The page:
Light in the Storm
This is your light in the storm for accurate weather forecasting in the tri-state area

Record blocking in the northern hemisphere has meant outstanding cold for this time of year across Europe, North America, even down to Cancun Mexico (which recorded an all time December low of 51F a couple weeks ago). The negative North Atlantic Oscillation (NAO)¬†and negative Arctic Oscillation (AO) has been a persistent and dominate feature so far this winter, and the results of it can be seen globally. Closer to home, we’ve experienced a primarily cold and dry December, with the only heavy precipitation events coming in liquid form. However, that may change during the Christmas Eve-Day period, if everything falls into place correctly. Let’s examine what needs to stack in our favor in order for a White Christmas in the tristate area.

We know we have a negative NAO and AO in place, that can be evidenced by the massive west based blocking across north-central Canada right now.

A major difference between this upcoming potential event and all others so far this season is the fact that we’re about to see a spike in the PNA, meaning the first semblance of a significant Western ridge we’ve seen all winter. Strong La Nina’s are very skimpy on providing us with PNA ridges, thus it’s important that we utilize this window if you’re an east coast snow lover. PNA spikes and negative, west based NAO’s tend to be a common denominator of 10″+ snows in the I-95 corridor of DCA-BOS.

Note the following image. The 18z GFS H5 (500mb) pattern valid for Christmas Day afternoon. There are couple of things which I believe we need to key in on here.

1)We’ve got the impressive amplitude of the Western ridge extending all the way up to northwest Canada. More importantly, the axis of it will be positioned east of the classi Boise ID location, more towards central Montana.

2) Consequently, the 18z GFS idea of closing off the H5 low in the Appalachains/Ohio Valley seems far-fetched to say the least. Considering wavelengths, a ridge axis in UT-MT would argue for the downstream short wave to amplify and tilt negative further SE.

3) In addition, the Polar Vortex sitting east of Hudson’s Bay, coupled with the high heights to its west, should ensure that this is NOT a warm Lakes Cutter or inland runner. AKA rain event for the east coast.

4) Strong La Nina climatology argues for a more progressive, faster, more suppressed solution, even with the strong blocking we have in place.

So what will happen? The chances of this being a warm, rain event are very slim due to the reasons outlined above. However, unfortunately I cannot rule out a suppressed/out to sea solution for the same reasons. It’s possible the energy of the southern and northern jet streams congeals/phases a bit further east than currently depicted, meaning the H5 low would close off far to our SE and produce little snow.

With that being said, this pattern is clearly the most favorable we’ve seen all winter so far, and probably the best we can get in a strong La Nina season. The PNA ridge is crucial as it will aid in forcing the northern stream southward to get involved, phasing with the sub tropical jet short wave, hence the storm. Therefore, I’d rate the chance of a white Christmas to be pretty high this year. There’s a good chance we see snow of some magnitude – but is it a small event or a major one? That will be dependent on both the timing of the phase (IF it occurs) and more importantly WHERE it occurs, and WHERE the H5 low closes off (if it does). A lot of IF’s at this stage in the game, but it’s better to have IF’s than flat out NO’s! Monitor the trends in Western ridge placement, the strength and progression of the southern stream short wave, and its interactions with the northern stream.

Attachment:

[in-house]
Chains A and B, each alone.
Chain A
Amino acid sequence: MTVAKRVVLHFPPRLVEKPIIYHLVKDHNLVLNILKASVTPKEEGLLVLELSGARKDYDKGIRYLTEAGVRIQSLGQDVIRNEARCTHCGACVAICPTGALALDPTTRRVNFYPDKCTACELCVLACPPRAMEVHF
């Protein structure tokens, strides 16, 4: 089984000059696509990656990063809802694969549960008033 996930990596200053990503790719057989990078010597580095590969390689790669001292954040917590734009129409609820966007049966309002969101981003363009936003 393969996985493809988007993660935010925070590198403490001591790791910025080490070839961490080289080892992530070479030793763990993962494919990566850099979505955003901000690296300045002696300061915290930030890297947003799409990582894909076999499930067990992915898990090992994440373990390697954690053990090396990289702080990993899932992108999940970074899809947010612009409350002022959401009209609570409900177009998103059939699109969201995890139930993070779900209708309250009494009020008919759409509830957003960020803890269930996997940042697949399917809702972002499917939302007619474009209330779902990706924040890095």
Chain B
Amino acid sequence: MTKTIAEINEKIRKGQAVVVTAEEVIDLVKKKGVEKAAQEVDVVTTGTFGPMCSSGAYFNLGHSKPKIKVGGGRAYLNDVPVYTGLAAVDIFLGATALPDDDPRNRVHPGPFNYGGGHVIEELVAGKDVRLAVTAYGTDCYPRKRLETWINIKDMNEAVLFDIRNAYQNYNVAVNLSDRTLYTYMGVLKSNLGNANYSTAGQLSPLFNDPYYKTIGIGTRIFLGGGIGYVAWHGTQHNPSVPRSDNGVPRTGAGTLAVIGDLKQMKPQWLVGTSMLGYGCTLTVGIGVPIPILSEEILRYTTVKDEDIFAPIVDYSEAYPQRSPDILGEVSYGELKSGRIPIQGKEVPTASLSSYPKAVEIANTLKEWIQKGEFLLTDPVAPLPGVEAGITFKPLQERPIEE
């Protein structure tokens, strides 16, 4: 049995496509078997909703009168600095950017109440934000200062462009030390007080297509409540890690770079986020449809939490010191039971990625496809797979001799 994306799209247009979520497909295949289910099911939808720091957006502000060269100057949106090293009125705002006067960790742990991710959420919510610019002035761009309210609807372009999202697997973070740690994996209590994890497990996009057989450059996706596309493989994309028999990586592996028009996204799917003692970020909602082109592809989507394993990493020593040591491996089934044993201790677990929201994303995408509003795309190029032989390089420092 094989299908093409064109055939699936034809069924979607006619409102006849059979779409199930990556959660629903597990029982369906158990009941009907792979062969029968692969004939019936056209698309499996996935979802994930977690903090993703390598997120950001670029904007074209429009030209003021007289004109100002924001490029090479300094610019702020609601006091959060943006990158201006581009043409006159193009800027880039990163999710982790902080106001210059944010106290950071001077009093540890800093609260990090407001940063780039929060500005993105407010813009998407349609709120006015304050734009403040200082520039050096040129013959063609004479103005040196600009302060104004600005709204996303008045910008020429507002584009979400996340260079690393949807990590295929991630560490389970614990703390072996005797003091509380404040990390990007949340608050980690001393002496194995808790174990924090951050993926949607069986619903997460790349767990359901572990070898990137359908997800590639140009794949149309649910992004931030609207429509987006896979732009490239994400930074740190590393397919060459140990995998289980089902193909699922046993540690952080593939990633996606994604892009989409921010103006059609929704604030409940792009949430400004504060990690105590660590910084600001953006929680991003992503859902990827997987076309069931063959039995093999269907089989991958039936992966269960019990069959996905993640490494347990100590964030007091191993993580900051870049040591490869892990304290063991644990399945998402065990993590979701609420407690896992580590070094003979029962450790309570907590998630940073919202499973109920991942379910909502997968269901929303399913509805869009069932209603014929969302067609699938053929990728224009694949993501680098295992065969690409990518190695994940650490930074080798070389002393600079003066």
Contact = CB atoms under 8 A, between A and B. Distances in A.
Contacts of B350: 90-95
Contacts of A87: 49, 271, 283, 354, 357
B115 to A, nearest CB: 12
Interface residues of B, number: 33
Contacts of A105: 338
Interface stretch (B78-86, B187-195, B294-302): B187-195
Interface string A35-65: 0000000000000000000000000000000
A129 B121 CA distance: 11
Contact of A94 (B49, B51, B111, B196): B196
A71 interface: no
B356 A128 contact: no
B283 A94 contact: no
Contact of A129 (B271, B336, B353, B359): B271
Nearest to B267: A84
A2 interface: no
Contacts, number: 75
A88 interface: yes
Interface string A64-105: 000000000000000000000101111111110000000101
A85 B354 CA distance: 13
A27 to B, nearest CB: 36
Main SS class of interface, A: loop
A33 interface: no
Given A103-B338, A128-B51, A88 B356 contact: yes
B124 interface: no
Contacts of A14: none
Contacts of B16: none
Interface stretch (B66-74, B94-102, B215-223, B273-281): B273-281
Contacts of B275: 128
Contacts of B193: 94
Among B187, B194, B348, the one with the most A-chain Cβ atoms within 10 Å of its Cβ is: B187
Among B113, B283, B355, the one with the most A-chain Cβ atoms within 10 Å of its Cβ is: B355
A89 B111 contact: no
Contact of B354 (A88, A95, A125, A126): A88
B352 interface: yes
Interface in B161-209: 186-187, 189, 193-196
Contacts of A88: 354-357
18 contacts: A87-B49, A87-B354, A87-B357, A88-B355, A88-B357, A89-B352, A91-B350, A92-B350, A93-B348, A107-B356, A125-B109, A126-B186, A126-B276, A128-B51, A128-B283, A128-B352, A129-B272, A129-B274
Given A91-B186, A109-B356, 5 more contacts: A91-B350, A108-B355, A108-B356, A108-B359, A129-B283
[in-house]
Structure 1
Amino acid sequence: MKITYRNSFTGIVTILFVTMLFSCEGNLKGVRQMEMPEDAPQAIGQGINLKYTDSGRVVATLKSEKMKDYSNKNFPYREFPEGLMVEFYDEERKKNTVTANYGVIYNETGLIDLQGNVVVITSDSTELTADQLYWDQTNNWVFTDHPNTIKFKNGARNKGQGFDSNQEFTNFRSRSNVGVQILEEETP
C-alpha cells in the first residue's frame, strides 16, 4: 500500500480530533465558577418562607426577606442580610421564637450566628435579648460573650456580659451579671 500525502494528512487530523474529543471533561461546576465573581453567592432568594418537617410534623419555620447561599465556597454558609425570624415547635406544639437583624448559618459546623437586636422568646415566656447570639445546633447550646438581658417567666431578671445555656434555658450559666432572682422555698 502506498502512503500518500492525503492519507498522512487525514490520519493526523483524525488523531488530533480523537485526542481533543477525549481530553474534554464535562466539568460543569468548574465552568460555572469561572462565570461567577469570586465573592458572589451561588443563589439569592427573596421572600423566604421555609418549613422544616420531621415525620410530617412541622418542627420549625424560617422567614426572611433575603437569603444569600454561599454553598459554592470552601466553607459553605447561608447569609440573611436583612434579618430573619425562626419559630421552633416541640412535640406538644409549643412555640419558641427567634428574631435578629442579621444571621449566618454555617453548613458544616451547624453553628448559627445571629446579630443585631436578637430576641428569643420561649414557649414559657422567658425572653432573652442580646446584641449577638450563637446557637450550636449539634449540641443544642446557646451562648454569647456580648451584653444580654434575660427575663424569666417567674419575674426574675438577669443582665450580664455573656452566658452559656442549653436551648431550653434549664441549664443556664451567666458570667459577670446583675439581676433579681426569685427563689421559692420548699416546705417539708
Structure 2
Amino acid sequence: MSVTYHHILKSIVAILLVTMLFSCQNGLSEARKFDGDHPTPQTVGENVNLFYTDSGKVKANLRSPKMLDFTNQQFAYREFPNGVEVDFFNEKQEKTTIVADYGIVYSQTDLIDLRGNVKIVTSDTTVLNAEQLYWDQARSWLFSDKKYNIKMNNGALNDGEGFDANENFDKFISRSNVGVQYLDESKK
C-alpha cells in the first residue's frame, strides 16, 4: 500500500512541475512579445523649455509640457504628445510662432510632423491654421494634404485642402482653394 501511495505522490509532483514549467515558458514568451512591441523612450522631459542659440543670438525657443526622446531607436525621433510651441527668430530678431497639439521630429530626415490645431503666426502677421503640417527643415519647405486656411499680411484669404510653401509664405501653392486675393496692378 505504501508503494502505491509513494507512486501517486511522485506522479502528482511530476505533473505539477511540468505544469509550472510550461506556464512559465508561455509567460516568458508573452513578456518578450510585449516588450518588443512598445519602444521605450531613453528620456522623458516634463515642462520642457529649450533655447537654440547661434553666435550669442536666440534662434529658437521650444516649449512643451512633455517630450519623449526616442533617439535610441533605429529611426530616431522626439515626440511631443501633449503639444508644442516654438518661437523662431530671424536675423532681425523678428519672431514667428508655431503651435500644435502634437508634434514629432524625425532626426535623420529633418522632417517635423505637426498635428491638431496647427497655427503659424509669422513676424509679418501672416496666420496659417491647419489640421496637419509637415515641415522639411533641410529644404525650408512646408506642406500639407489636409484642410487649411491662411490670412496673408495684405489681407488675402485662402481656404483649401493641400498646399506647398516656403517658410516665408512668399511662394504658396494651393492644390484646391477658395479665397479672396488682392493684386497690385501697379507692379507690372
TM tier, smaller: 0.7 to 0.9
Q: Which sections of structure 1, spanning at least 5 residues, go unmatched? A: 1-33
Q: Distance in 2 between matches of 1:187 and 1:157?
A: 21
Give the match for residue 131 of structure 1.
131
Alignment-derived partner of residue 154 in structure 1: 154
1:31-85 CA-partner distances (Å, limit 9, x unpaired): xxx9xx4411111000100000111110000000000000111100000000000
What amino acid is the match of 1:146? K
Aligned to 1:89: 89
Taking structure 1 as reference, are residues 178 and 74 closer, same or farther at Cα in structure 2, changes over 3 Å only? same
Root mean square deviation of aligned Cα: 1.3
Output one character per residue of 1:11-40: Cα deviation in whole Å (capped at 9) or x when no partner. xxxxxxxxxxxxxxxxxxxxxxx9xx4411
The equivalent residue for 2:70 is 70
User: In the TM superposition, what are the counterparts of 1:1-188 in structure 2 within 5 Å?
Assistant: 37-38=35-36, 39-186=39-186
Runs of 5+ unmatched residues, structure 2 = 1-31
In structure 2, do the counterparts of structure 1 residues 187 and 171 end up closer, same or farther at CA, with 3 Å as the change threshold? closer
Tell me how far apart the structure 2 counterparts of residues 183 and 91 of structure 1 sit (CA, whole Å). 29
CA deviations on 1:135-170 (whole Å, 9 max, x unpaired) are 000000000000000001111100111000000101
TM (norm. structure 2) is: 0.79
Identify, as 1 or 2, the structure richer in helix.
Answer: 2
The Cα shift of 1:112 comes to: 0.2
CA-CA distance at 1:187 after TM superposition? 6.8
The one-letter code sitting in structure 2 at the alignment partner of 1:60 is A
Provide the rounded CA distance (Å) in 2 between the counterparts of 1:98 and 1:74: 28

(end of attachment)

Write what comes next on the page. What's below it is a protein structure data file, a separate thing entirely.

After this potential event has passed, what’s in store as we head into January? A lot of people are speculating as to whether this cold/very cold regime will break down and we go blowtorch for the month of January. I believe it’s likely we see a relaxation in temperatures compared to normal, but an all out, sustained period of above normal temperatures is unlikely up through January 15th. The AO will be climbing out of the tank, but it will not go positive. The NAO will approach neutral, but there’s a good chance we see a renewed period of blocking, probably much less severe than what we’re seeing right now, but even still, a neg NAO period.

Notice as we head out into the Day 8-10 range, there is still a decent blocking signal depicted on both the Euro and GFS.

The colder than normal temp pattern in the Northeast US shows no sign of breaking down through the remainder of December and even into early January. Beyond that time frame, it becomes less clear, but with the NAO and AO highly unlikely to surge above neutral (0), it’s also unlikely that the Northeast experiences a long warm period of any kind prior to the 15th. The correlation between the NAO/AO and Northeast temeperatures in January is very strong, so I’d expect our sensible weather to play out according to he wax/wane of those indicies. By the way, this winter so far is much more analogous to the Ninas of the 1950s and 1960s, which featured stronger negative NAO’s, as was outlined in the winter outlook this autumn.

Bottom lines to this:

1) Monitoring Christmas for a potential storm. Inland/warm track – unlikely. Suppressed/offshore more likely. Snow solution – possible, need to watch phasing of streams, western ridge placement, etc.

2) Pattern will stay cold after Christmas into early January. Moderation in temps is possible, but no sign o sustained blowtorch, pattern reveral ala the dreaded one of 1989-1990.

3) Slightly negative NAO/AO through mid January? Blocking has been a persistent element this winter thanks in large part to the low solar constant. There’s a good chance we remain cold in the Northeast through mid month.



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